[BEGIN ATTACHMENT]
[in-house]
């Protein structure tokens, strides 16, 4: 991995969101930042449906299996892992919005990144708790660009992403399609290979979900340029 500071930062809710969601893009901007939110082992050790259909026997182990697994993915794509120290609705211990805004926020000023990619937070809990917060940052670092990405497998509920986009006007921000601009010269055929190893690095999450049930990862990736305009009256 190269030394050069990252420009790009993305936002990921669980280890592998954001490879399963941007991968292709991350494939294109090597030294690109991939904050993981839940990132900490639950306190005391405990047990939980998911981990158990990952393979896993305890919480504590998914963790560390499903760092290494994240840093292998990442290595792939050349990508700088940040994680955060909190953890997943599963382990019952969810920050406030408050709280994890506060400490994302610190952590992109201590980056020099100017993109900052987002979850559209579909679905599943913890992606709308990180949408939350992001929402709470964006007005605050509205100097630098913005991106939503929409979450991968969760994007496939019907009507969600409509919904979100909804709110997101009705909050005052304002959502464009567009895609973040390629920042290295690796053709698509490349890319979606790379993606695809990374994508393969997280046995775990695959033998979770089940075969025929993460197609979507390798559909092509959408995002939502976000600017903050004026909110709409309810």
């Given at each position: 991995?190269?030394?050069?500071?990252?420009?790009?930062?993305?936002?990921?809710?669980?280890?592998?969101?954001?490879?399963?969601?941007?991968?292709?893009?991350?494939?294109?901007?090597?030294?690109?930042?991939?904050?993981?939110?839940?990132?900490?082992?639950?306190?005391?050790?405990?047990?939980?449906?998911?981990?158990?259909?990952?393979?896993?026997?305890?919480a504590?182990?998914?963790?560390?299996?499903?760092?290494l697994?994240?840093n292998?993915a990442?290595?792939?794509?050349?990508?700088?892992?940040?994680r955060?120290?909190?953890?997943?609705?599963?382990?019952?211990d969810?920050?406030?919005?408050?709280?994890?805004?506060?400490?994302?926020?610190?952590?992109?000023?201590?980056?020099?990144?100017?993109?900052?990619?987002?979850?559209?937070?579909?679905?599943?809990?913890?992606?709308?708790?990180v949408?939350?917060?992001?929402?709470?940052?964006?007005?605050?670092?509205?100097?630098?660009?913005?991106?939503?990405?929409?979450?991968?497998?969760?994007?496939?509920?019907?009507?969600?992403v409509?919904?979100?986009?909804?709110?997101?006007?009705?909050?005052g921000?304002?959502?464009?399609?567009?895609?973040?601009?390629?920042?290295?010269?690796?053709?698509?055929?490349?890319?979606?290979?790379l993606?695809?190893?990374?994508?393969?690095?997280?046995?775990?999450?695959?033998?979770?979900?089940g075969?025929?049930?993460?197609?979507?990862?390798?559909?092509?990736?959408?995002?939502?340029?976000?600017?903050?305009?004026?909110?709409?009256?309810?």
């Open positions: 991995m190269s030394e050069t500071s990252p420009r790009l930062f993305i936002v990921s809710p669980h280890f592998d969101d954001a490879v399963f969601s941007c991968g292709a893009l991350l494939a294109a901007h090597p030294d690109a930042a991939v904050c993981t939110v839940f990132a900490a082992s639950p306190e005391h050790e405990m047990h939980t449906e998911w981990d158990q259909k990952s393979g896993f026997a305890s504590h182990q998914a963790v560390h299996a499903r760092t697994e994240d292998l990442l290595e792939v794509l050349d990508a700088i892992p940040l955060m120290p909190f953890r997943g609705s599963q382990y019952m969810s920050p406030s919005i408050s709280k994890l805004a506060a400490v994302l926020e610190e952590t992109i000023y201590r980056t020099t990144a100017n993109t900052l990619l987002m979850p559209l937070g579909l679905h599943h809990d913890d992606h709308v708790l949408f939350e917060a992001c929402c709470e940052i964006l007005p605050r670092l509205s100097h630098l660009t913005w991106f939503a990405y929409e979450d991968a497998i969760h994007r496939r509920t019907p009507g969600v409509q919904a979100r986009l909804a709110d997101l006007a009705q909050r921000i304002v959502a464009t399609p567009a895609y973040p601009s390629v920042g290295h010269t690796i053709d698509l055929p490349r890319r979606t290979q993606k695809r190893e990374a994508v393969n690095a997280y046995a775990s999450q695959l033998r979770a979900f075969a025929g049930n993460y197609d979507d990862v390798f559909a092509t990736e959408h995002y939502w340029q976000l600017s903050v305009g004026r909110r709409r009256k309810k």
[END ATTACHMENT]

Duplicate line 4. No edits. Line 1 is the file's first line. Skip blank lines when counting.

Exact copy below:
């Open positions: 991995m190269s030394e050069t500071s990252p420009r790009l930062f993305i936002v990921s809710p669980h280890f592998d969101d954001a490879v399963f969601s941007c991968g292709a893009l991350l494939a294109a901007h090597p030294d690109a930042a991939v904050c993981t939110v839940f990132a900490a082992s639950p306190e005391h050790e405990m047990h939980t449906e998911w981990d158990q259909k990952s393979g896993f026997a305890s504590h182990q998914a963790v560390h299996a499903r760092t697994e994240d292998l990442l290595e792939v794509l050349d990508a700088i892992p940040l955060m120290p909190f953890r997943g609705s599963q382990y019952m969810s920050p406030s919005i408050s709280k994890l805004a506060a400490v994302l926020e610190e952590t992109i000023y201590r980056t020099t990144a100017n993109t900052l990619l987002m979850p559209l937070g579909l679905h599943h809990d913890d992606h709308v708790l949408f939350e917060a992001c929402c709470e940052i964006l007005p605050r670092l509205s100097h630098l660009t913005w991106f939503a990405y929409e979450d991968a497998i969760h994007r496939r509920t019907p009507g969600v409509q919904a979100r986009l909804a709110d997101l006007a009705q909050r921000i304002v959502a464009t399609p567009a895609y973040p601009s390629v920042g290295h010269t690796i053709d698509l055929p490349r890319r979606t290979q993606k695809r190893e990374a994508v393969n690095a997280y046995a775990s999450q695959l033998r979770a979900f075969a025929g049930n993460y197609d979507d990862v390798f559909a092509t990736e959408h995002y939502w340029q976000l600017s903050v305009g004026r909110r709409r009256k309810k």